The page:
If you were to trawl through the thousands of pages of Hansard (the Parliamentary transcripts) from the last year you would likely find a rather serious omission. From the hundreds of debates to a million minutes’ worth of speeches, you would sadly find all too few occasions where Parliament came together to consider what further action could be taken to support young people.
Of course, the advancement of further education colleges, retraining opportunities and the Kick Start scheme are all very valued and needed initiatives. But there has been little consideration about the sacrifice that has been made by those who were least likely to be impacted by the virus. With lives put on hold, educational facilities closed, job prospects diminished and housing prices rising, there is a great deal for the young of today to feel incredibly glum about.
Before I continue, I should say that at thirty-one I neither feel old or young. At this purgatorial level, I feel I can bridge the gap and try and bring some activism to the young and some understanding to the old. Here is hoping!
I have seen first-hand the incredible response by young people across South Devon during the first, second and third lockdowns. Their duty of care and compassion answered the call for assistance from across the area. Young farmers joined the ranks to distribute food parcels, school children helped to design and manufacture PPE, university students volunteered at food banks and in local care homes. Throughout it, all our young came together and gave back.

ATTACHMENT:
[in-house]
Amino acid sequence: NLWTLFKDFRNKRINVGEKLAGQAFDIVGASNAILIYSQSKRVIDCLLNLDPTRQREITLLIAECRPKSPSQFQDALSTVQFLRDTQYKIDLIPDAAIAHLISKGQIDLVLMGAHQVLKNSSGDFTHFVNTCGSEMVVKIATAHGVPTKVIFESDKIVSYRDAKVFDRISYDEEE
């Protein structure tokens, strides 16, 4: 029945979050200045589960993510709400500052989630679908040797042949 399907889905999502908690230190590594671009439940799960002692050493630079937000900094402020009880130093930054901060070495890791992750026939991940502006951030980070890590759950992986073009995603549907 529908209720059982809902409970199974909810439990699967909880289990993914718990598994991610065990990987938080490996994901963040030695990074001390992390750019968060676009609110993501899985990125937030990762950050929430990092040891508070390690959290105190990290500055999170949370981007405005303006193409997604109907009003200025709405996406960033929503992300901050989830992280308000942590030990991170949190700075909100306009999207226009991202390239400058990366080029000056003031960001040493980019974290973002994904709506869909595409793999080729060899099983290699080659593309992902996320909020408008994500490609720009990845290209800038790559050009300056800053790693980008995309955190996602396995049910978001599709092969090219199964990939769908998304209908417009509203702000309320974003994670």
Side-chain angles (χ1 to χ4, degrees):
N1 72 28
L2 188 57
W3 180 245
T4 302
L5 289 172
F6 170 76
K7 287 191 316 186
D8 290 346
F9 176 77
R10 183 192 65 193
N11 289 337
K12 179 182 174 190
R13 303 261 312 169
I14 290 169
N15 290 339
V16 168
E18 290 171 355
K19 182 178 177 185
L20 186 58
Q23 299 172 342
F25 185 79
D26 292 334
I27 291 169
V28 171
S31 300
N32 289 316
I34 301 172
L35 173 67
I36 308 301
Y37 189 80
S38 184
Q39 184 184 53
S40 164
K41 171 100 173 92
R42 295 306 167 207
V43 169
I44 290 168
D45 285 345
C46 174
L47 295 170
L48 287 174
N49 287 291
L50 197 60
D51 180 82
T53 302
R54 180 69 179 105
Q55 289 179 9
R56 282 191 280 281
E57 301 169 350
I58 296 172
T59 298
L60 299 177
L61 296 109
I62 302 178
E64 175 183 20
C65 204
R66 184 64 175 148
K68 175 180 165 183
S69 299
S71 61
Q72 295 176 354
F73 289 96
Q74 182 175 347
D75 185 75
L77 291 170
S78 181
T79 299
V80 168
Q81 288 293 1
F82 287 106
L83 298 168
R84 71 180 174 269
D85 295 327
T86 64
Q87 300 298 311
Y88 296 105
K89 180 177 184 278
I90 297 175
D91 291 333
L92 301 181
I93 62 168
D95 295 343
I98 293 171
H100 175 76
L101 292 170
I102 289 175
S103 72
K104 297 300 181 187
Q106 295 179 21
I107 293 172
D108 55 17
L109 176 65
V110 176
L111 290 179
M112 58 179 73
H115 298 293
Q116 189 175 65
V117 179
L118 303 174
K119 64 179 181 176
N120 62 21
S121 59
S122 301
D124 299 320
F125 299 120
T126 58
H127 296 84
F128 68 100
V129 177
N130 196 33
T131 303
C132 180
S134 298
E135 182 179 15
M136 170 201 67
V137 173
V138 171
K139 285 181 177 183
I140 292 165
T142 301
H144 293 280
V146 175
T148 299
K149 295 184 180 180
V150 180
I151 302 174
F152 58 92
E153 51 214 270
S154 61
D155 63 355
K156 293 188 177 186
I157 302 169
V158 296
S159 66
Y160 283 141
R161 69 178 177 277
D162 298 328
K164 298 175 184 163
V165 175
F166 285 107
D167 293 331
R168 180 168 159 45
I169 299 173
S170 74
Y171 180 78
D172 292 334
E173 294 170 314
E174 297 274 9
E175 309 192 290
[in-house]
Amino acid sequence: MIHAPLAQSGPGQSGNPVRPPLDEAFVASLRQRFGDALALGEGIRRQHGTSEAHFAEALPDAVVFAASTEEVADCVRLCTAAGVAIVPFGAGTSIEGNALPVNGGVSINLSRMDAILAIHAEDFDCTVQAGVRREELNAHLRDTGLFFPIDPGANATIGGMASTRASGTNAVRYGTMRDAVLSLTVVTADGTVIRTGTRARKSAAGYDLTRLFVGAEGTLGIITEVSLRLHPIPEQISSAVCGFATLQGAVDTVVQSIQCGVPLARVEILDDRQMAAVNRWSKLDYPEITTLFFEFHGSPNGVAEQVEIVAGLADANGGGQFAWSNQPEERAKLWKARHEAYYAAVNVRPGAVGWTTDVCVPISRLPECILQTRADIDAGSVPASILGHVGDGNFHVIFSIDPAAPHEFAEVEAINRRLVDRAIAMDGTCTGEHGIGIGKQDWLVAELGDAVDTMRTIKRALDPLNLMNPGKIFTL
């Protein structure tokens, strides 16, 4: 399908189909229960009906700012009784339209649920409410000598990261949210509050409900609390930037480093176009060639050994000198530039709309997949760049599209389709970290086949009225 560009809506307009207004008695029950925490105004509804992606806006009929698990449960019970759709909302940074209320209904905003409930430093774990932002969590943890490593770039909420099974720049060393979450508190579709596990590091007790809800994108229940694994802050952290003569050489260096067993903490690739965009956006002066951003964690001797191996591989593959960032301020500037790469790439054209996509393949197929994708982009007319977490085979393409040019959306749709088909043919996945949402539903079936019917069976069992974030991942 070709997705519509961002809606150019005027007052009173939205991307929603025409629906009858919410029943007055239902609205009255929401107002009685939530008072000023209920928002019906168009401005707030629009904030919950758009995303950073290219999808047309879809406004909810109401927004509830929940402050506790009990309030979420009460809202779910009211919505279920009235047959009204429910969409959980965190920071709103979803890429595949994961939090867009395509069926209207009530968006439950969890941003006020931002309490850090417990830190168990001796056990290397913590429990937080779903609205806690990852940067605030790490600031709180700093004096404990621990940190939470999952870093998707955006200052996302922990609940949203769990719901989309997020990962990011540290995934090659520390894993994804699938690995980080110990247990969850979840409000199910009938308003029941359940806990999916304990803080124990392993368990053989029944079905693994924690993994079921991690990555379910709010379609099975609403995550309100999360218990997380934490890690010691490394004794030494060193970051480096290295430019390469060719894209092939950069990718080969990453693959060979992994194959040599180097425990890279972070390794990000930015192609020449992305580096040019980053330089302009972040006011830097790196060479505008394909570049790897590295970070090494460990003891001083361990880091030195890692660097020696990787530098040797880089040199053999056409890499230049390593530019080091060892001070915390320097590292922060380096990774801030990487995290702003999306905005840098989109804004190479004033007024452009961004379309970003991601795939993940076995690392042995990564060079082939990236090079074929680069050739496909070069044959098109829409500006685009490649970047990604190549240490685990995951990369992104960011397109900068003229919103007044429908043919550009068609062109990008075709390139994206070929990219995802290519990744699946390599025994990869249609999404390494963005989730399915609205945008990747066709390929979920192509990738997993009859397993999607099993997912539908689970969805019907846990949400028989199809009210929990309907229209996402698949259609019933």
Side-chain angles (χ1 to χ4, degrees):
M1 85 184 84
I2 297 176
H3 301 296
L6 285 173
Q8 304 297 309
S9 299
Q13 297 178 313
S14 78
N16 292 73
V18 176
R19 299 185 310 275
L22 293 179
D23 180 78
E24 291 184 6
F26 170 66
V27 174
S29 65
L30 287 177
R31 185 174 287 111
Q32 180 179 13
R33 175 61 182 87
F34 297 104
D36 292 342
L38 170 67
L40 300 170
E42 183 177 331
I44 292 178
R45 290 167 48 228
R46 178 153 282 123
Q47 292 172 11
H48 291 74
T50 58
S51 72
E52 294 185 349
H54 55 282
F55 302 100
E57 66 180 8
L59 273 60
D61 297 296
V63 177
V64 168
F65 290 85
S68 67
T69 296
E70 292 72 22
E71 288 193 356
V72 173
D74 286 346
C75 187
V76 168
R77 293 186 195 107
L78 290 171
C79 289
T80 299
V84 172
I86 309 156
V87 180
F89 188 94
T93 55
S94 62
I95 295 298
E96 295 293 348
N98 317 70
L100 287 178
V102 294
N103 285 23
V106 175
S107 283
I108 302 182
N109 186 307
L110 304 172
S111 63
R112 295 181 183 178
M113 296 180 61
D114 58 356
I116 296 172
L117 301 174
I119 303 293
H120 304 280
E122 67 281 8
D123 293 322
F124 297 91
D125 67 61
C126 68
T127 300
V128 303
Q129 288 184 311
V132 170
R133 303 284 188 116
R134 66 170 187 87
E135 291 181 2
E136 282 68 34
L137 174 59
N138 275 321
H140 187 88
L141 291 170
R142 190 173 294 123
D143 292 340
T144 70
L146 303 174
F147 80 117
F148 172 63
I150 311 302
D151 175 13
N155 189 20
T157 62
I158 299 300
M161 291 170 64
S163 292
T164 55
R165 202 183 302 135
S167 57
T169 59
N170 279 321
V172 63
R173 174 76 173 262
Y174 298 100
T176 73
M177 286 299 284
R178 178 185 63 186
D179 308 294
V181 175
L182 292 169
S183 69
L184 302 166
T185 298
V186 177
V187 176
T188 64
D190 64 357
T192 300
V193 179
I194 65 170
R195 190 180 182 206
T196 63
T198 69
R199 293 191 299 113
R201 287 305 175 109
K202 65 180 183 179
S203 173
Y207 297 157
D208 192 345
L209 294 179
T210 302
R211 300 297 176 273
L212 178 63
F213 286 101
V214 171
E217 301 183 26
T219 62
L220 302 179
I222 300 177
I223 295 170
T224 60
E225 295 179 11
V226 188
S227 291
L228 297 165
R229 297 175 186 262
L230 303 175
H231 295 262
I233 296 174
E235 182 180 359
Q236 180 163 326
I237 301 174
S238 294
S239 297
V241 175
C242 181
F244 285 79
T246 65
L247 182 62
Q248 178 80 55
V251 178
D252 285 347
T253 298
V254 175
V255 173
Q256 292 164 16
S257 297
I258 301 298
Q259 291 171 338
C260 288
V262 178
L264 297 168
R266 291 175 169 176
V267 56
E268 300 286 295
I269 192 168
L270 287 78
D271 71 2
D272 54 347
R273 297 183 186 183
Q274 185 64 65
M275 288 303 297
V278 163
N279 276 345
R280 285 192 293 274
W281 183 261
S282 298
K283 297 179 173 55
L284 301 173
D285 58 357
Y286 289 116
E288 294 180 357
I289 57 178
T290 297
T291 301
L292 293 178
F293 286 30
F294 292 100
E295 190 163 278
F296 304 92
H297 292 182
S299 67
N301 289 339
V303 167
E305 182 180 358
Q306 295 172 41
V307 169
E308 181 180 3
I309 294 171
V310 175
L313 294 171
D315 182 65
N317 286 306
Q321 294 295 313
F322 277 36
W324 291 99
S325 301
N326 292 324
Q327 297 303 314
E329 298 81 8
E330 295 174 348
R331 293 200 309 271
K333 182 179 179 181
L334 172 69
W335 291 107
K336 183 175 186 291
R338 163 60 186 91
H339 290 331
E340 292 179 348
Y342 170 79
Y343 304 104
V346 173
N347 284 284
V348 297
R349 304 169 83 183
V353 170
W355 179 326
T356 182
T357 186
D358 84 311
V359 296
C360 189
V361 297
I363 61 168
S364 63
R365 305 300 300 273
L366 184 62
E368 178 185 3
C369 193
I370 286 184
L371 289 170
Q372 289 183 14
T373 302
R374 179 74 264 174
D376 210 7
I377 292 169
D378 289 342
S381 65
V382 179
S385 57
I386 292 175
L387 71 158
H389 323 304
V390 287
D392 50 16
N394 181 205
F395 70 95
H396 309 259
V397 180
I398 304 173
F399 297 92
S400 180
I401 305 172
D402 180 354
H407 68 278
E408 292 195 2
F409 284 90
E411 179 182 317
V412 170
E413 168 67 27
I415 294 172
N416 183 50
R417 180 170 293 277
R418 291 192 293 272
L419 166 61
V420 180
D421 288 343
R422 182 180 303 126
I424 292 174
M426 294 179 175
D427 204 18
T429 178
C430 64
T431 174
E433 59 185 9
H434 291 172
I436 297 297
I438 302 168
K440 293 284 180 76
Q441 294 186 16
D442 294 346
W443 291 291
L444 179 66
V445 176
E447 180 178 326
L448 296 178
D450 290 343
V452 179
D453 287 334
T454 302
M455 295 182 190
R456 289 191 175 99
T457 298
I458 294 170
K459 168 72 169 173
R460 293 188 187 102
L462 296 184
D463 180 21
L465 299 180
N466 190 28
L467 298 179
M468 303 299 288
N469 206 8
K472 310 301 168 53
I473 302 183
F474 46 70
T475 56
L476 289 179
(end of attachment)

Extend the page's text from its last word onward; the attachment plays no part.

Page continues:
But as we progress out of lockdown, we should rightly consider how we can repay them for their sacrifice, dedication and help over this period. There is no set answer, but perhaps the following options might be explored.
First, Universities must be persuaded to repay tuition fees to any student who has had more than 40% of their lectures moved online. At £9,000 a year, it cannot be justified that those sitting at home tuning in via zoom should have to incur the same cost as if they were there in person. Not only do Universities have reserves but they should be putting the interest of their students first.
Secondly, given the sacrifice and long-term disadvantages that will no doubt manifest themselves for a great many years for those entering the jobs market for the first time, we should consider a lower rate of income tax. Current estimates suggest that a lower rate of income tax for 18-24-year olds would only cost the Exchequer £150m. Such an initiative could persuade the young to enter the job market earlier, take up skill training as well as save for a house or a pension.
Third, we must make every young person feel a part of Global Britain. In years past we sent our citizens abroad to learn new skills, forge new links and create businesses. With the creation of the Turing Scheme, we must turbocharge the desire to send out young to compete in the world and to return with the skills to match that maxim.
This extraordinary group of people who are so often misrepresented are owed a debt of thanks.